If you’re in a situation like this, don’t panic. You could consider renting a laptop or even doing a rent-to-own agreement. You should also scour the ‘net for the best deals you can and seriously explore getting a refurbished product. That could save you bundles in the long-run while still landing you a top-grade device.

4. To pay for your wedding.

We’ve had a lot of fun here, today, folks. But now here’s the part of the blog where we grab you (gently) by the lapels, (gently) pull you in close, and (not at all gently) yell very loudly in your face: do not under any circumstances take out a personal loan to pay for your wedding!!!

Ahem. Sorry about that. If we got any spittle on you, we sincerely apologize for that as well. It’s just that taking out thousands and thousands of dollars of debt to pay for a single event could very well be the worst possible financial decision possible.

Not only will you be left with an expensive pile of debt and interest, but you won’t have anything to show for it. When people borrow hundreds of thousands of dollars to buy a house … they still end up with a house. People who use a personal loan to pay for their wedding end up with nothing but the happy memories.

And, hey, we have nothing against happy memories! But we do tend to object when those memories come at the expense of future happiness. There might not be a worse way to begin a brand new marriage than by saddling it with thousands of dollars in consumer debt.

Everybody wants to have the best wedding ever. Just remember that “best” and “most expensive” are not the same thing. Find ways to save money on wedding costs, and be very honest with yourself, your fiance, and your respective families as to what you can afford.

Your special day might end up being a little less special than you had hoped for, but all those un-special days that come afterward will be much better for it. And if you want to learn about more ways that you can save money, check out these related posts from OppLoans:

What other questions do you have about personal lending? We want to hear from you! You can find us on Facebook and Twitter.

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Expert Advice: Crystal Rau

An OppLoans eBook


Expert Advice: Crystal Rau

Crystal Rau, CFP®, MBA, Beyond Balanced Financial Planning LLC

“If someone finds themselves in a desperate financial situation, avoid payday loans at all costs! To preface this, I would define desperate as needing to cover food, utilities, shelter, or medication. Things like dining out, entertainment, or transportation because you have more car than you can afford is not an emergency. In the case of an actual emergency, reach out to your family or friends. This option can get you out of a bind quickly, and ensure you don’t damage the relationship by being diligent about repaying the loan. You never know when you may need their help again.

Go back to the basics with a budget. If you find your expenses are consistently outpacing your income, you have two choices. Either increase your income or decrease your expenses. You are the most important person in your life. That may sound sort of selfish but without you, who will take care of your family and you certainly don’t want to have to depend on your kids to take care of you when you’re older. Don’t be afraid to ask for a raise! If a raise is just not in the stars, ask your employer if there is any available overtime.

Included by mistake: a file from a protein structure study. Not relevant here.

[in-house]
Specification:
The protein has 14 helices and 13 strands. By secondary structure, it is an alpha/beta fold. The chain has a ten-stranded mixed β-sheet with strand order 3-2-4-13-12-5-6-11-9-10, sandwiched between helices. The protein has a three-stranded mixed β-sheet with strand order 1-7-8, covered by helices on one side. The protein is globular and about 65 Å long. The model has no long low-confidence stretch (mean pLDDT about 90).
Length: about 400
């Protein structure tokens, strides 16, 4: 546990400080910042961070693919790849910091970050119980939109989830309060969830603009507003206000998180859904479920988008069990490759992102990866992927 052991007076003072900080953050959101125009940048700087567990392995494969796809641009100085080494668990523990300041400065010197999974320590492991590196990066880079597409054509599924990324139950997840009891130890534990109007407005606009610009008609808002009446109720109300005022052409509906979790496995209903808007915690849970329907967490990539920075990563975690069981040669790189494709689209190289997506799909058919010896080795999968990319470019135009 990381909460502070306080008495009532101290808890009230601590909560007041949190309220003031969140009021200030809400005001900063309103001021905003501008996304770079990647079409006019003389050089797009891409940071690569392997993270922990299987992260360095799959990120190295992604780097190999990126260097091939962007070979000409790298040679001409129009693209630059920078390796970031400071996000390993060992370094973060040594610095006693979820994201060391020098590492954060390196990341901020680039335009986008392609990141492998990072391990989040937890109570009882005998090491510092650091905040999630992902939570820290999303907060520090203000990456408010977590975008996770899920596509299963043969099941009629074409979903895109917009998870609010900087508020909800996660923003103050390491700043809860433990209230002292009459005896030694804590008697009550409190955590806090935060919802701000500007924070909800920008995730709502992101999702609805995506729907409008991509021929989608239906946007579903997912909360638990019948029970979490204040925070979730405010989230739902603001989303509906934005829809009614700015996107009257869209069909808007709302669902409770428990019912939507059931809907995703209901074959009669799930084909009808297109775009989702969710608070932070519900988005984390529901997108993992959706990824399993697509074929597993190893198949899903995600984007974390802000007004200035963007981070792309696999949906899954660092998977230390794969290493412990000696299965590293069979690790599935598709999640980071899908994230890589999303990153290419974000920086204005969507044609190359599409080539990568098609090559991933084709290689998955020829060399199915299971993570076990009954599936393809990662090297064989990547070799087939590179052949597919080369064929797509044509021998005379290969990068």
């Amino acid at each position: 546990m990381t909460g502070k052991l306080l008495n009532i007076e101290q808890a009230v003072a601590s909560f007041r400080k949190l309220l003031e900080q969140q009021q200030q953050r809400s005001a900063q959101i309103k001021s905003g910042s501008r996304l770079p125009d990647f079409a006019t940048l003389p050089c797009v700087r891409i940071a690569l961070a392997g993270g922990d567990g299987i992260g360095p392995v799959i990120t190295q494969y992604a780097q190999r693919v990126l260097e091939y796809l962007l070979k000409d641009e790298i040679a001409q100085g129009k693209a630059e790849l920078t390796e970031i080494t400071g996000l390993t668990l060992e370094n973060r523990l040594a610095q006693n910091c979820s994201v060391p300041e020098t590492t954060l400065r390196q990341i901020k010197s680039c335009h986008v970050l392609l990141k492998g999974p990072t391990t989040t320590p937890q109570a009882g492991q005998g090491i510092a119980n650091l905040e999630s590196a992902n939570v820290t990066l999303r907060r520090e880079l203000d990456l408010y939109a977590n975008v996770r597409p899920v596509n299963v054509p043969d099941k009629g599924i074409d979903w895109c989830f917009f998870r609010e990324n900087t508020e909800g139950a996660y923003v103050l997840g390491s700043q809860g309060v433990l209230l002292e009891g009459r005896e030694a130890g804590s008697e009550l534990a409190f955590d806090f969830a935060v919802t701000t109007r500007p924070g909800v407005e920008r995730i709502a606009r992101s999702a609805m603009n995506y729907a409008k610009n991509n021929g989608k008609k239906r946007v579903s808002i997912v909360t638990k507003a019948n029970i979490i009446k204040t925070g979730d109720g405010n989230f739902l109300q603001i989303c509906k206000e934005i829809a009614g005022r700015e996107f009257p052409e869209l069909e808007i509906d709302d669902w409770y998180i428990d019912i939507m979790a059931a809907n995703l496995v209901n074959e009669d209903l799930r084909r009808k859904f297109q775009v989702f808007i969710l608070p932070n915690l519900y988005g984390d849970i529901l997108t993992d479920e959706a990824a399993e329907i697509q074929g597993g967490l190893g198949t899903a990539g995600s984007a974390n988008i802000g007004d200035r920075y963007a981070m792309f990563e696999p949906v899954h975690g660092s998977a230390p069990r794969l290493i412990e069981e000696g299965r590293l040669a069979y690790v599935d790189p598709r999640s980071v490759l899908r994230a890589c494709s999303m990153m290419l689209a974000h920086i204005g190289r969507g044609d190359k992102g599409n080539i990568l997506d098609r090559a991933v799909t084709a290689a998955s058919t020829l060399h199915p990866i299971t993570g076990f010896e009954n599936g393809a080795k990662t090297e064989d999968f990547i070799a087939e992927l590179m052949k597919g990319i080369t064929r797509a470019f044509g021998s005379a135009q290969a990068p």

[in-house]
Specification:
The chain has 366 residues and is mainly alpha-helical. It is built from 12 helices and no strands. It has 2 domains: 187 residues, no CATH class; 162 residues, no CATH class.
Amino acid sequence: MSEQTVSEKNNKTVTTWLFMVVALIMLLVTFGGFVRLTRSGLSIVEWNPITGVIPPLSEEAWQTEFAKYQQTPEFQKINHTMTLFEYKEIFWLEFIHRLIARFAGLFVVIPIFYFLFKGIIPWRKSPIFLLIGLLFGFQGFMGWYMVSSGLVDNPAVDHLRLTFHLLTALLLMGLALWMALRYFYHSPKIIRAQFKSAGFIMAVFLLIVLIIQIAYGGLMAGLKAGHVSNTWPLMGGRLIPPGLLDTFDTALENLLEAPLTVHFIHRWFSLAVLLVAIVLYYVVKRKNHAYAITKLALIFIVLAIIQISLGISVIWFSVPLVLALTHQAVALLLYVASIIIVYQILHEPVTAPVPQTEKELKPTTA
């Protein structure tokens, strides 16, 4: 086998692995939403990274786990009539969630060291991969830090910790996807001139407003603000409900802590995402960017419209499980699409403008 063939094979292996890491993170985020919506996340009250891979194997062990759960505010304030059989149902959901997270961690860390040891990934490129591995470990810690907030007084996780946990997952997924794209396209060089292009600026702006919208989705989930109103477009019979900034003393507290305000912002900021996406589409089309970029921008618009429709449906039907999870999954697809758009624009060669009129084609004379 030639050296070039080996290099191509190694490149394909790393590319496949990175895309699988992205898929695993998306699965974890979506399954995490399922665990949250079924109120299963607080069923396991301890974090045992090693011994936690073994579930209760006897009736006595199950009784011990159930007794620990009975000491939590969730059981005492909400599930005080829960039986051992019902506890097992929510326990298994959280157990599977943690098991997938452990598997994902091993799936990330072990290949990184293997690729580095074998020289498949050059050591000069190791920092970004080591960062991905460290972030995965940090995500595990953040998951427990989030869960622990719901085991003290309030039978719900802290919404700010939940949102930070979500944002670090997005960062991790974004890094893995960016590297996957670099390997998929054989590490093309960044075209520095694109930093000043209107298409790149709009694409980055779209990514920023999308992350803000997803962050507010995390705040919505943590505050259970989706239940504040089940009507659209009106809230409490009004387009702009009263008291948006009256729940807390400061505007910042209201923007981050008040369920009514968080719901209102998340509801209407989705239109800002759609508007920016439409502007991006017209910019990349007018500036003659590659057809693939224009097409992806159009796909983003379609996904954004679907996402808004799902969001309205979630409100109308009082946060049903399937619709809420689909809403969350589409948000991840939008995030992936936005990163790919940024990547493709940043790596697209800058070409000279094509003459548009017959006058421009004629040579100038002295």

Find a side hustle. Got a garage full of junk that you can sell? Are you the best baker on the block? Perhaps you have the gift of photography! Whatever it may be, it goes back to increasing your income. A side hustle may start small but it can grow into something big and increasingly grow your income.

And finally, don’t forget your local credit unions. Credit unions may offer personal loans at a much lower interest rate than a payday loan company ever would. The only problem is you must have some credit history to your name. If you’re in a position where you have no credit history or you have damaged your credit in the past, start building your credit up. You can do this by taking out a secured credit card from your local bank. You do this by depositing a certain amount in a holding account with the bank and they will issue you a credit card on the amount you deposited on hold with them. By using the secured credit card, it will begin to grow your credit score allowing you to borrow on more favorable terms in the future.”

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How Much Do Grandparents Spend on Holiday Gifts?

The researchers at OppLoans surveyed over 1,700 grandparents nationwide to find out!

Posted: November 26, 2018

One of the best things about being a parent is the hope that one day you’ll get to be a grandparent. That’s when the fun really begins. Instead of worrying about raising those grandkids, you get to swoop in with gifts and sweets and pay your kids back for all the times they ever annoyed you when they were children.

Then again, while it’s fairly commonplace for parents to spend a lot of money on holiday gifts for their kids—and sometimes racking up expensive consumer debt in order to do so—the holiday spending rules for grandparents aren’t so clear. This got us wondering: How much do grandparents actually spend on holiday gifts for their grandkids?